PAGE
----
That said, there were many good aspects that you could capitalise on. For a start, motion of objects was excellently executed. The movement was quite professional: it’s just that you need to continue to engage the audience by changing the images constantly. Also, you appear to focus on the life of the ‘hard’ rather than the ‘soft’ scientist: i.e. chemistry/physics as opposed to the social sciences. Was this intentional? Making it clear would make the ideas more fluid. I was struck by the effective use of the paper model and the pictures! That was great but if you could come up with something more inspirational that’d be great.

    Aside from that, I have to say I’m impressed. I hope I’ve given you something useful. :) Don’t take the criticisms to harshly: I’m sure this is as much a learning process for you as it is a work in its own right (I suppose that holds for any ‘artist’). I reckon if you could engage the viewer more effectively there’s no reason why you won’t be able to reach a far wider audience. You should post it on youtube; here’s a quick guide to publishing on youtube:

    • Thanks for the detailed feedback DB, it’s great! A major reason the piece took the shape it did was the actual assignment criteria; we were expected to represent concepts from science, philosophies of science and Science and Technology Studies which we’d learned in the first term of our Masters degree.

      The latter of these fields specifically looks ‘at’ science from a quite detached perspective, as an activity, not a method. It therefore captures the mundane aspects and struggle, which may resonate with research scientists but usually remains hidden from outside viewers.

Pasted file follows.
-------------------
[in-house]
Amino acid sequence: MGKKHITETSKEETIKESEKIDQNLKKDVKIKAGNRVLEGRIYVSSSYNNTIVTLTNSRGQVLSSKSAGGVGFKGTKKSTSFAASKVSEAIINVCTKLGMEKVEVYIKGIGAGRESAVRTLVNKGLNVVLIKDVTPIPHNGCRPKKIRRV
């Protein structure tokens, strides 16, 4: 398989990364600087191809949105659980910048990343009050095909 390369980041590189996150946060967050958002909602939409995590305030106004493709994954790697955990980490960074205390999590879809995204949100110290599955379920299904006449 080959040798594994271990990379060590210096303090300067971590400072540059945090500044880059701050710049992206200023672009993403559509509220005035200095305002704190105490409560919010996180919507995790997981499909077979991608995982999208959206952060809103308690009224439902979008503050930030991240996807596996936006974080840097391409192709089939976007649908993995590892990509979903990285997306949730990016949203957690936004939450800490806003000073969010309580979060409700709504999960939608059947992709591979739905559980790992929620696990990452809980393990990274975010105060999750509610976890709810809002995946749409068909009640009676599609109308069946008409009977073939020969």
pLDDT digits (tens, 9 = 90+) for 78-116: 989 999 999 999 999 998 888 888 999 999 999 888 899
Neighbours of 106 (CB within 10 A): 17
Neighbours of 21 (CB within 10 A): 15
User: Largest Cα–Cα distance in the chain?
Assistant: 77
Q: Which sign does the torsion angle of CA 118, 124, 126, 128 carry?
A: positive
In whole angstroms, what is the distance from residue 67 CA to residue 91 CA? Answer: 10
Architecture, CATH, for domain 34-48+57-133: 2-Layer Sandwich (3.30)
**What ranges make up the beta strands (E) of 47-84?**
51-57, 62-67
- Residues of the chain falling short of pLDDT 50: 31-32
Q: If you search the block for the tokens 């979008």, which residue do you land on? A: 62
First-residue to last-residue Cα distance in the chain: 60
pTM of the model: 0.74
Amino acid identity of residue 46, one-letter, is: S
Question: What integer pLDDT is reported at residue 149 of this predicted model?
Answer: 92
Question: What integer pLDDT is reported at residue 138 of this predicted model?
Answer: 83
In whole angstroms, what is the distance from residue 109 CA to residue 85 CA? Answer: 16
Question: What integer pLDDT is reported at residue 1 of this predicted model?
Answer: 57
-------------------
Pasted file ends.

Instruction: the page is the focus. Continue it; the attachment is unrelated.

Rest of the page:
The difficulty is that mundane daily activities are hard to make visually interesting!

      With the duck, it represents some kind of natural object. We wanted the scientist to draw on something from the outside world, hence the animation of a real life set, and he brings it back to the controlled environment of his work bench, generating data from it via the cable and computer. Also, it’s cute.

      The lunch scene was also a bit tricky; we tried to show that scientists were talking about money, sport and literature over the food – common themes not just for scientists but anyone – but we didn’t really have great objects to represent these.

      The simplistic portrayal of the scientific process was very deliberate. Many philosophies of science were quite naive (Bacon’s positivism and even Popper’s falsification) and fail to capture how science is really done, as a messy, nonlinear process with dead ends. However we also wanted to tell a self-contained story. There were enough abstractions and things happening that breaking from a simple narrative would have made it very confusing.

      Given our time and expertise constraints, with no budget, I reckon we did a pretty good job – but I agree with many of your points. There’s scope for such an animation to be quite spectacular, especially if it was detached from the necessity of representing academic concepts.

      Oh, and I published on Vimeo because I like the player better, though it might get less hits ;)